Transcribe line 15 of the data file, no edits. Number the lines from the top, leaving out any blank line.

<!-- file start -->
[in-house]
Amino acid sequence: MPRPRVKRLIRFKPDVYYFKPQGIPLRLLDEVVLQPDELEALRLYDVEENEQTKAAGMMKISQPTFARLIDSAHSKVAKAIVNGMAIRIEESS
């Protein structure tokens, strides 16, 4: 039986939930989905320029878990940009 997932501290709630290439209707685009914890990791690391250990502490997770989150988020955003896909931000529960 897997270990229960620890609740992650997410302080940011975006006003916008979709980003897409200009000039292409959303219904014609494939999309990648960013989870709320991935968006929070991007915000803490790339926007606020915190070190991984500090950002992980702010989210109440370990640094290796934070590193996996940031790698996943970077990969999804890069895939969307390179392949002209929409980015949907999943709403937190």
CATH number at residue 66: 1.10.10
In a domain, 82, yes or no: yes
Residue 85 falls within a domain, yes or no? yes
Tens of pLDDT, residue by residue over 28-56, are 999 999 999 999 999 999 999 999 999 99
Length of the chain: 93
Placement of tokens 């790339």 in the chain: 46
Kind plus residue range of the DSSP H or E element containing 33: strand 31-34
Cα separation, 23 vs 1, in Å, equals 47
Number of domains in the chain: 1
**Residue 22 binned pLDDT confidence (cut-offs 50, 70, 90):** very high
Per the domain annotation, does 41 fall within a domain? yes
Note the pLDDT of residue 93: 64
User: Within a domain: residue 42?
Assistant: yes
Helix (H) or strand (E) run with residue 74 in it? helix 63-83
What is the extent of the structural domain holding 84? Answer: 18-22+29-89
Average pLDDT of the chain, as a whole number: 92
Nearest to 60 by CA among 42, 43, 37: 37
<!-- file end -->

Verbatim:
Note the pLDDT of residue 93: 64